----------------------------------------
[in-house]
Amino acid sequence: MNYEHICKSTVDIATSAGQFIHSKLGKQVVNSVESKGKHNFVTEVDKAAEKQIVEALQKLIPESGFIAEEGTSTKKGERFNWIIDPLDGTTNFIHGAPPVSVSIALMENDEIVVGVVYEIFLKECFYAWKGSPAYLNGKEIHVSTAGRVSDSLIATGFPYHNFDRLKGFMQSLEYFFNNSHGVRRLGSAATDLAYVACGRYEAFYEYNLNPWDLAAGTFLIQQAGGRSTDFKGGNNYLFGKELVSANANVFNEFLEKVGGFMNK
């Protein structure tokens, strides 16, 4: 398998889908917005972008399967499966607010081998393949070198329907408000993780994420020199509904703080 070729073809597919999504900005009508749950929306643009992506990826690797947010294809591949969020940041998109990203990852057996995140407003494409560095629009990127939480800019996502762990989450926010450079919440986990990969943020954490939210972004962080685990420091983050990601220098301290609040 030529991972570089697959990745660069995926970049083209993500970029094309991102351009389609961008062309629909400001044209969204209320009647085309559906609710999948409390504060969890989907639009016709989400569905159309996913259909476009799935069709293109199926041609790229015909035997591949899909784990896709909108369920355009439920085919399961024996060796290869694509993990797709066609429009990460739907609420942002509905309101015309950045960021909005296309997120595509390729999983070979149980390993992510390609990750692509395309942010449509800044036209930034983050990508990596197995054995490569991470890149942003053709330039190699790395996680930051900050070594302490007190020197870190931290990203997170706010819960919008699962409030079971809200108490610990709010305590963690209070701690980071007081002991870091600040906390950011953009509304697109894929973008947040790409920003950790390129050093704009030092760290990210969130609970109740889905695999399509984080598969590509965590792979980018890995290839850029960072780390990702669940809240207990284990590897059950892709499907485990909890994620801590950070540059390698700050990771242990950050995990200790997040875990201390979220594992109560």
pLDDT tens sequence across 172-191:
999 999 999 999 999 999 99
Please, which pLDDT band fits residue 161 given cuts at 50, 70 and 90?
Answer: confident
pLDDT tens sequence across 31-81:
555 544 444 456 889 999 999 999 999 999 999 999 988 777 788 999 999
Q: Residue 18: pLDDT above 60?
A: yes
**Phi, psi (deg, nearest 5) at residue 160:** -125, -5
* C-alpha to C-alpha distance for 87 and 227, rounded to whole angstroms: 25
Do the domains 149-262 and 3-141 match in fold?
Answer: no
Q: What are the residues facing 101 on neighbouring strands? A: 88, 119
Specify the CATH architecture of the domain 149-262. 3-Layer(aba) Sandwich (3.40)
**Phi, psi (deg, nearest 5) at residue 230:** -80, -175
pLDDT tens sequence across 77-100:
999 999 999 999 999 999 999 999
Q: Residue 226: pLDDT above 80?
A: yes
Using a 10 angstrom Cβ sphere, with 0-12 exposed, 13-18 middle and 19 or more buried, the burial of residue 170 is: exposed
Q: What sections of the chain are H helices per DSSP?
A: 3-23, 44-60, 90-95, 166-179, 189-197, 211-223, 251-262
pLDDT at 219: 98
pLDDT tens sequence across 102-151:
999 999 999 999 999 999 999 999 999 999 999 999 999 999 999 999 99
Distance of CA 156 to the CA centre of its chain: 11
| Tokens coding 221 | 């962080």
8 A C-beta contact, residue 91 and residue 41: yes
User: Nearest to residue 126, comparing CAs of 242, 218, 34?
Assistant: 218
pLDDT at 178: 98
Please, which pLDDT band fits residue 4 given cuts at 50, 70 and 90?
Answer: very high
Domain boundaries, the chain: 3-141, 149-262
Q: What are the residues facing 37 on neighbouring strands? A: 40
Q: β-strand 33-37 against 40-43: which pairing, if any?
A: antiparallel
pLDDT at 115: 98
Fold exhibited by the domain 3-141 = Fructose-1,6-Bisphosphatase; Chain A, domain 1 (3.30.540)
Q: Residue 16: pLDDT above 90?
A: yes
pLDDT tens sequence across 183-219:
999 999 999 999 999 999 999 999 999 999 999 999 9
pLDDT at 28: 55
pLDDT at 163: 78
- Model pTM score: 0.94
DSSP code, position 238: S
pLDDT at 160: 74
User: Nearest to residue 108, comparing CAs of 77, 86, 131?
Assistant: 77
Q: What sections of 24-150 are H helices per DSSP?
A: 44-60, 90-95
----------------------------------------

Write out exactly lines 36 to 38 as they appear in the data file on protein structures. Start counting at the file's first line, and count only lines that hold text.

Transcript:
Answer: very high
Domain boundaries, the chain: 3-141, 149-262
Q: What are the residues facing 37 on neighbouring strands? A: 40